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Interactive case study: Making a diagnosis of type 2 diabetes

The new series of case studies from Diabetes & Primary Care is aimed at GPs, practice nurses and other professionals in primary and community care who would like to broaden their understanding of type 2 diabetes.
 
This third case offering provides three mini-case studies that take you through the criteria for making an accurate diagnosis of diabetes and non-diabetic hyperglycaemia.

Click here to access the case study.

Diabetes & Primary Care’s series of interactive case studies is aimed at GPs, practice nurses and other professionals in primary and community care who would like to broaden their understanding of type 2 diabetes.

The three mini-case studies presented with this issue of the journal take you through what to consider in making an accurate diagnosis of type 2 diabetes.

The format uses typical clinical scenarios as tools for learning. Information is provided in short sections, with most ending in a question to answer before moving on to the next section.

Working through the case studies will improve your knowledge and problem-solving skills in type 2 diabetes by encouraging you to make evidence-based decisions in the context of individual cases.

Crucially, you are invited to respond to the questions by typing in your answers. In this way, you are actively involved in the learning process, which is a much more effective way to learn.

By actively engaging with these case histories, I hope you will feel more confident and empowered to manage such presentations effectively in the future.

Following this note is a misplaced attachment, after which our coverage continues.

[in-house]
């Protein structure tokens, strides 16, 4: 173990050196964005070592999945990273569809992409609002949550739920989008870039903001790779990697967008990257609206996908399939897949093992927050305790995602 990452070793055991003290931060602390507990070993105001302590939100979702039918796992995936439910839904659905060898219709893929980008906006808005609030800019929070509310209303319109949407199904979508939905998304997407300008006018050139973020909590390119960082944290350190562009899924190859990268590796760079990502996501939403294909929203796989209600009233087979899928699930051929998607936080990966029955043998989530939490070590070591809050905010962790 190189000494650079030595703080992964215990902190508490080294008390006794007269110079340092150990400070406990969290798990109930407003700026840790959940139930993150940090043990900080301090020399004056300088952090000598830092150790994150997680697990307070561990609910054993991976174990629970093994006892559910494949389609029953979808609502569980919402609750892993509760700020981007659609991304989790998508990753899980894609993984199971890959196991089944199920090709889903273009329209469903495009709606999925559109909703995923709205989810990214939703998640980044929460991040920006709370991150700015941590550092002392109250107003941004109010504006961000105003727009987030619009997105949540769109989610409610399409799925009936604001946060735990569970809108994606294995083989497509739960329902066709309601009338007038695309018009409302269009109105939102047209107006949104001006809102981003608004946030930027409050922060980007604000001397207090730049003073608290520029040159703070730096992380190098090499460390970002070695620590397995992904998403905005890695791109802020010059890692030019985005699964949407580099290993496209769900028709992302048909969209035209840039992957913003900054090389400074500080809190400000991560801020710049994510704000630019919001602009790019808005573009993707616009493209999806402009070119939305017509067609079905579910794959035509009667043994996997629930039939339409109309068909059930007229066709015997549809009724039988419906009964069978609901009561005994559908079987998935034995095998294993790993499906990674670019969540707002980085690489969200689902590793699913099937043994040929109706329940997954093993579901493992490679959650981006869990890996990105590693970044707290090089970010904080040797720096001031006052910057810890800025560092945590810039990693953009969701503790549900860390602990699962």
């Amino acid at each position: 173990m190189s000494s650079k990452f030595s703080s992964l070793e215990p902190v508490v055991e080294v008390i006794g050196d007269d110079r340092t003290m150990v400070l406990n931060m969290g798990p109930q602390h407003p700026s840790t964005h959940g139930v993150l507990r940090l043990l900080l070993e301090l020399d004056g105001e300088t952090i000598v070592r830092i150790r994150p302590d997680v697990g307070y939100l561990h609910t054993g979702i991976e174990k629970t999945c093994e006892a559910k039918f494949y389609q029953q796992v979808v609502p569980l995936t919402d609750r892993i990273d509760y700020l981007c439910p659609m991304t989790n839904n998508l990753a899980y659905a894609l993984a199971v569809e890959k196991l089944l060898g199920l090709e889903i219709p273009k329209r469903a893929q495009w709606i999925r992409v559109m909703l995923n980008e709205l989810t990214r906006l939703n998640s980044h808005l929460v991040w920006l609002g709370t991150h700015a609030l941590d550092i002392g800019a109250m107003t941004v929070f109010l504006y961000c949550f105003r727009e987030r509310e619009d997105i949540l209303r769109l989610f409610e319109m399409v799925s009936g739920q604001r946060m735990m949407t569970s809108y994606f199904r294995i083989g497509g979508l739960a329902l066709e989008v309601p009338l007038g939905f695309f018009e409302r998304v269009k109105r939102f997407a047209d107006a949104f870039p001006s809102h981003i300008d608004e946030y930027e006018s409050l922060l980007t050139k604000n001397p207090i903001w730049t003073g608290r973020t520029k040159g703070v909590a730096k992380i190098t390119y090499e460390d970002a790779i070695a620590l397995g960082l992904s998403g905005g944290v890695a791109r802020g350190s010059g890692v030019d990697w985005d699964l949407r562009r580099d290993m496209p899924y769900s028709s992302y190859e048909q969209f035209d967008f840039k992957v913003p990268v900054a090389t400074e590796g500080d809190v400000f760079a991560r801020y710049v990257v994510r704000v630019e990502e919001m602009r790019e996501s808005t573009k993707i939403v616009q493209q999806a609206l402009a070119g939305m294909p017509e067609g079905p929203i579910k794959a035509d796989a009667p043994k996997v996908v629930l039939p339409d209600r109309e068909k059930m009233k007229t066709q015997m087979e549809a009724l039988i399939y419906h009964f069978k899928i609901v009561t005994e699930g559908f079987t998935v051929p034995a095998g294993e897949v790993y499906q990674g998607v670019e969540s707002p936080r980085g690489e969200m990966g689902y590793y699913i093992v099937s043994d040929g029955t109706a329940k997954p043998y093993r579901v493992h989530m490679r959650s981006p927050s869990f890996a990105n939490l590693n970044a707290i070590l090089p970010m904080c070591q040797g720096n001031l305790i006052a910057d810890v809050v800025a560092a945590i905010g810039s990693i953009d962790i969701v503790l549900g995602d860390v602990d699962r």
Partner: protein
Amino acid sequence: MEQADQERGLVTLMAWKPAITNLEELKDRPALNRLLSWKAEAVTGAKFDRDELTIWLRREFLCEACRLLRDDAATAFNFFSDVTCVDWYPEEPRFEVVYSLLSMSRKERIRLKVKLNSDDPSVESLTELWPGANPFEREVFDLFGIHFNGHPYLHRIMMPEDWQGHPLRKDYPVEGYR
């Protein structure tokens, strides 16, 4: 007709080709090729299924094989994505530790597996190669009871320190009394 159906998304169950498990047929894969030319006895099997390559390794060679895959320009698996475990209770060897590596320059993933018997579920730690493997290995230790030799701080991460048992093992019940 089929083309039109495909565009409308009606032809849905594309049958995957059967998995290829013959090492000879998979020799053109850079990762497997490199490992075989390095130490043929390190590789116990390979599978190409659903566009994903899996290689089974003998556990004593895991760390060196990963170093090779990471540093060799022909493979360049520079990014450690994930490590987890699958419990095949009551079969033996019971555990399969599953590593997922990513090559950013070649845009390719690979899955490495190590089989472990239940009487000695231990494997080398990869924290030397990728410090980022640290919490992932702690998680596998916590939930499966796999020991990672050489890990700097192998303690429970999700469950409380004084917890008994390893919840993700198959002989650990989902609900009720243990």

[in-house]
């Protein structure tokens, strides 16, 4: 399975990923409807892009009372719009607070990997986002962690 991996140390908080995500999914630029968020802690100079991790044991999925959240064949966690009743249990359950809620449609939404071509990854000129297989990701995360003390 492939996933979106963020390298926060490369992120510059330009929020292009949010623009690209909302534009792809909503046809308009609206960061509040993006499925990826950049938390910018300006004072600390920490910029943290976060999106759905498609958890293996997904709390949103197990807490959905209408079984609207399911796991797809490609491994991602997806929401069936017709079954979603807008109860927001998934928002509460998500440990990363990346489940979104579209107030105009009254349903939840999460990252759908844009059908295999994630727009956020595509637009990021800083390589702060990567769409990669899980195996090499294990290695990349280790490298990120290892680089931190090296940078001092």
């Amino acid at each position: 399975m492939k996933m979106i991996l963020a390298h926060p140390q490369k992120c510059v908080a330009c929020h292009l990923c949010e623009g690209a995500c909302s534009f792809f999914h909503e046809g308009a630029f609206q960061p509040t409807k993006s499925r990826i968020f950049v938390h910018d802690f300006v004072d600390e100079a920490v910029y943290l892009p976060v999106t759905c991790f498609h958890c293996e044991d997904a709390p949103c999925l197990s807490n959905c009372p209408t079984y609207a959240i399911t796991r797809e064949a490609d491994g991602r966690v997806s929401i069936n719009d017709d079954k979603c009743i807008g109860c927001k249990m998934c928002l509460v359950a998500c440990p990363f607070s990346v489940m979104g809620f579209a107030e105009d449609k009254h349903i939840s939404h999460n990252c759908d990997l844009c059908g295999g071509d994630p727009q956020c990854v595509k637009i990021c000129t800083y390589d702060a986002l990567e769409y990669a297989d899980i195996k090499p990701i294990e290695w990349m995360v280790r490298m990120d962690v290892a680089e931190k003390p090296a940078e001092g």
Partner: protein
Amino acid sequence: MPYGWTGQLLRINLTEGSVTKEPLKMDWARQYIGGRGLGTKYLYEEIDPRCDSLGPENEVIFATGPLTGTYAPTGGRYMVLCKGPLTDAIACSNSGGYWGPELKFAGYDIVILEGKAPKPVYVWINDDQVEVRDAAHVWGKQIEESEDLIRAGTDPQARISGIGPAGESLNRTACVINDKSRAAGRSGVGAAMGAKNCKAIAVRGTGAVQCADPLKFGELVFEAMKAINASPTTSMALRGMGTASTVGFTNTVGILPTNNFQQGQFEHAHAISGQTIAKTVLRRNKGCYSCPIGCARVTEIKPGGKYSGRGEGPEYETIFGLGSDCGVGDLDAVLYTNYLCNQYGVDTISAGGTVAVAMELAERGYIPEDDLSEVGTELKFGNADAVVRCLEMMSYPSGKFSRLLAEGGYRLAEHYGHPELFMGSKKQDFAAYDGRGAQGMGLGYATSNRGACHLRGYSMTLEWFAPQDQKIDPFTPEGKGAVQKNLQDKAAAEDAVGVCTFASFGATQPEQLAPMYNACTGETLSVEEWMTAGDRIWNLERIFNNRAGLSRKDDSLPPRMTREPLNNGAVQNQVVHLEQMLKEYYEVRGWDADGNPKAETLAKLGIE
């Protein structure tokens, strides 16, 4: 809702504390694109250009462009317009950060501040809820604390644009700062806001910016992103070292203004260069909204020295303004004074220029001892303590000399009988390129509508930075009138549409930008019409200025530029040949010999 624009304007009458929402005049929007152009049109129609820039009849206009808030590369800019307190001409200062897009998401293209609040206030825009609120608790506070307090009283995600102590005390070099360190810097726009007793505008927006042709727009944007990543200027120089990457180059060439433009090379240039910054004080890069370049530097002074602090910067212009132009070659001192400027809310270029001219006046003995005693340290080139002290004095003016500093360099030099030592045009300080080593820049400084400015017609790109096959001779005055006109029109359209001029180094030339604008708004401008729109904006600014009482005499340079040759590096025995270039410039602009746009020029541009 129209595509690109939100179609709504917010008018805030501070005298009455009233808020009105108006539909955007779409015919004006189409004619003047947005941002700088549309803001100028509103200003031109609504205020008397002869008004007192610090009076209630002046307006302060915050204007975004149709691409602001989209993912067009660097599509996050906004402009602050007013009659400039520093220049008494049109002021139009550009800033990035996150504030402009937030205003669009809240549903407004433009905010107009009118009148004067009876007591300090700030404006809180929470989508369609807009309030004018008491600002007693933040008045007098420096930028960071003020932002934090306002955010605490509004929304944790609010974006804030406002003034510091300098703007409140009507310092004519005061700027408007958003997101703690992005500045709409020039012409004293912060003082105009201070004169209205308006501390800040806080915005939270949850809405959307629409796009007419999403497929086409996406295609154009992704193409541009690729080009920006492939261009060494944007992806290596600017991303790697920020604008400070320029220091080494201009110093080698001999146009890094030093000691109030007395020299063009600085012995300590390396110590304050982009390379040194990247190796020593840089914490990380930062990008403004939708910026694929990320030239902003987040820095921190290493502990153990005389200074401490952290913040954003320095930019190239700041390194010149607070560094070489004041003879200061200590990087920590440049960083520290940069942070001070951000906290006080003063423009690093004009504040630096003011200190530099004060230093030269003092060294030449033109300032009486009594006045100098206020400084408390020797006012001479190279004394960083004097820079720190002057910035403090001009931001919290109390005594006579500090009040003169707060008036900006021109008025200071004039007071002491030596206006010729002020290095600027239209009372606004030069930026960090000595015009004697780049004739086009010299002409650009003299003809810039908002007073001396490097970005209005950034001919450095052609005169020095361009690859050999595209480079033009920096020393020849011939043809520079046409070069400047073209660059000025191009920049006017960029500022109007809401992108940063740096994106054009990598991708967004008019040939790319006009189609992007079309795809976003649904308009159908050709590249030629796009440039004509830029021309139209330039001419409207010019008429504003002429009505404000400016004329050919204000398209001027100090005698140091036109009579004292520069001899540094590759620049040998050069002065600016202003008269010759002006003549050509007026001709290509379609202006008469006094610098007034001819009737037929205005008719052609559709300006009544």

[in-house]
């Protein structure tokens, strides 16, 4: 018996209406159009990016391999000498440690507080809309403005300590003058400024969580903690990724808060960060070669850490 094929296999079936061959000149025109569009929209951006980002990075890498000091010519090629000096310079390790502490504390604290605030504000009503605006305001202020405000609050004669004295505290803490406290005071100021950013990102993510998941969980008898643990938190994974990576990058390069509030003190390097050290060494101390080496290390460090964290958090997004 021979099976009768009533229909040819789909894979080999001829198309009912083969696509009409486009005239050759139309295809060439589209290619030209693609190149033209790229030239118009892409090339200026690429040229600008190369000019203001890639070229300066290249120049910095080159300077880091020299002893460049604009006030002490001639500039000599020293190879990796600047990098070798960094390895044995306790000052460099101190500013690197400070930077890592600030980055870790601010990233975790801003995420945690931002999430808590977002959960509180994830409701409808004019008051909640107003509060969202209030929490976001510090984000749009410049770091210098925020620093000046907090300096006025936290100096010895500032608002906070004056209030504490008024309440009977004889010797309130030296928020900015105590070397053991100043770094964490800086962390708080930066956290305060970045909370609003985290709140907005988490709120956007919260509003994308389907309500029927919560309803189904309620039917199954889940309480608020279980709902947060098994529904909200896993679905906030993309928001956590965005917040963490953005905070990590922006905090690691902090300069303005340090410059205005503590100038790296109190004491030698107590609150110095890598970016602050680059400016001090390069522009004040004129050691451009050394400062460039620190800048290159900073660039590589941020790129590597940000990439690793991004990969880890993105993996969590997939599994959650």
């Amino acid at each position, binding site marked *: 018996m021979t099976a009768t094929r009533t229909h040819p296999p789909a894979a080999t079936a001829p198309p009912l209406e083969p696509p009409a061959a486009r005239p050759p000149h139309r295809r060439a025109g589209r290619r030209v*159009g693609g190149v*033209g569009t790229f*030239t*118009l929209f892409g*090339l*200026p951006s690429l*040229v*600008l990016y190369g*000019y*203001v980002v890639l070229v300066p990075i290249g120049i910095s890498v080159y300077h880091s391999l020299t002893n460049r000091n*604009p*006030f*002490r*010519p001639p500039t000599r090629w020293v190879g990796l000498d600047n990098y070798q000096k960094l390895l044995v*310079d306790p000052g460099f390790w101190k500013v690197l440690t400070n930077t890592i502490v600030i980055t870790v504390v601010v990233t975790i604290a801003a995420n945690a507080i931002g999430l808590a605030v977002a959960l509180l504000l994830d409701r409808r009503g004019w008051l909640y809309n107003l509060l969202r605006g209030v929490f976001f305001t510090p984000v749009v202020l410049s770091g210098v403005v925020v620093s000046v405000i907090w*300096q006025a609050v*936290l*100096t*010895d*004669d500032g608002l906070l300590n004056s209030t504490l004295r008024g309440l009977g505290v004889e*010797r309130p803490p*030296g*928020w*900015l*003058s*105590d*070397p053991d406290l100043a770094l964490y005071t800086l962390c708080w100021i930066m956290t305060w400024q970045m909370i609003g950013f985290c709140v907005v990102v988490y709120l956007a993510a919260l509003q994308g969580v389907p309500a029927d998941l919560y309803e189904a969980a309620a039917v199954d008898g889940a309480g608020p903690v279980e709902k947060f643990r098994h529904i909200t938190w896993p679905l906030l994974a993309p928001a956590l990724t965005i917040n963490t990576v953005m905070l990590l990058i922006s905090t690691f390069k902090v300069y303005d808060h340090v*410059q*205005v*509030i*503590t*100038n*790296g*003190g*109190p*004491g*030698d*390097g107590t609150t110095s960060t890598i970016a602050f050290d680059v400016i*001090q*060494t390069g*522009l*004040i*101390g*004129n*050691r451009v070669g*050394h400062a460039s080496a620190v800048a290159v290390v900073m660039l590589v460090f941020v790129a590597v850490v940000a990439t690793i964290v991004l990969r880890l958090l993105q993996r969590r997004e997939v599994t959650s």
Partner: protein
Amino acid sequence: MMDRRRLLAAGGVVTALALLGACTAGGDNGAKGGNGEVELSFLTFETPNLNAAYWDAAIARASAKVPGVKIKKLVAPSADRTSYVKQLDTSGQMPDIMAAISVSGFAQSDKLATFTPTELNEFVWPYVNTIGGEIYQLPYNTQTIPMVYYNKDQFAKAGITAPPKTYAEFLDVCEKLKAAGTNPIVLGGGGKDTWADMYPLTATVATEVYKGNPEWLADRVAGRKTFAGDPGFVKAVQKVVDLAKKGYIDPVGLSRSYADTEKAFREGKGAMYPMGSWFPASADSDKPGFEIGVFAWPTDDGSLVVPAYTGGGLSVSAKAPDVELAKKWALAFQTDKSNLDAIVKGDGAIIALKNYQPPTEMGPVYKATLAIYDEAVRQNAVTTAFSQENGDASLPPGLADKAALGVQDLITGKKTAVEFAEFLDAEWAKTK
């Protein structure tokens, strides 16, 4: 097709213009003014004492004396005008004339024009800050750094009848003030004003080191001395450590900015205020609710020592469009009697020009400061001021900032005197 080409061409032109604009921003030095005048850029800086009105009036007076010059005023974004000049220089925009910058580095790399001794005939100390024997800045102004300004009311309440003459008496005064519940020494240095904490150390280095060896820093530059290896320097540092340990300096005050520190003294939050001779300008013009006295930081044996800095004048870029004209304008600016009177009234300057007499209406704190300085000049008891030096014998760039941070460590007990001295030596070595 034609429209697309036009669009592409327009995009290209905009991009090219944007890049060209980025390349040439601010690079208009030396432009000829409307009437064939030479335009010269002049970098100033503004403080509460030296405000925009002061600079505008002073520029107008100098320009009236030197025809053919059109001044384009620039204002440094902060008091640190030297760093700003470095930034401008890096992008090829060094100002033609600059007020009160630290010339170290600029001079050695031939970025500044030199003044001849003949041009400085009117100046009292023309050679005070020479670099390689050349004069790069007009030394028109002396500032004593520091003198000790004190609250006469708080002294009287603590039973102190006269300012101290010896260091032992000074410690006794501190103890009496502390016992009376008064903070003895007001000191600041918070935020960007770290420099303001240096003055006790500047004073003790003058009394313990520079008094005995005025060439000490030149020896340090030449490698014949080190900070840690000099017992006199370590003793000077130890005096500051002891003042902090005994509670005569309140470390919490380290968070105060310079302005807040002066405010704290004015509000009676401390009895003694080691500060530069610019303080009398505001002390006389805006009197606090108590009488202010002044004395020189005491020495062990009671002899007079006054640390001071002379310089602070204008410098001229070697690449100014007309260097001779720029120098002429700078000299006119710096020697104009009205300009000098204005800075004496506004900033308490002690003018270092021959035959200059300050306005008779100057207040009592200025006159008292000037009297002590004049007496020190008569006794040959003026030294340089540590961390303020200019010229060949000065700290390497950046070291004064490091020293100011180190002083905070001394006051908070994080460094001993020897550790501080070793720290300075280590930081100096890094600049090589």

Colin is a 51-year-old construction worker. A recent blood test shows an HbA1c of 67 mmol/mol.
Is this result enough to make a diagnosis of diabetes?

Rao, a 42-year-old accountant of Asian origin, is currently asymptomatic but has a strong family history of type 2 diabetes. Tests have revealed a fasting plasma glucose level of 6.7 mmol/L and an HbA1c of 52 mmol/mol.
How would you interpret these results?

43-year-old Rachael has complained of fatigue. She has a BMI of 28.4 kg/m2 and her mother has type 2 diabetes. Rachael’s HbA1c is 46 mmol/mol.
How would you interpret her HbA1c measurement?

By working through these interactive cases, you will consider the following issues and more:

  • The criteria for the correct diagnosis of diabetes and non-diabetic hyperglycaemia.
  • Which tests to use in different circumstances to determine a diagnosis.
  • How to avoid making errors in classification of the type of diabetes being diagnosed.
  • The appropriate steps to take following diagnosis.
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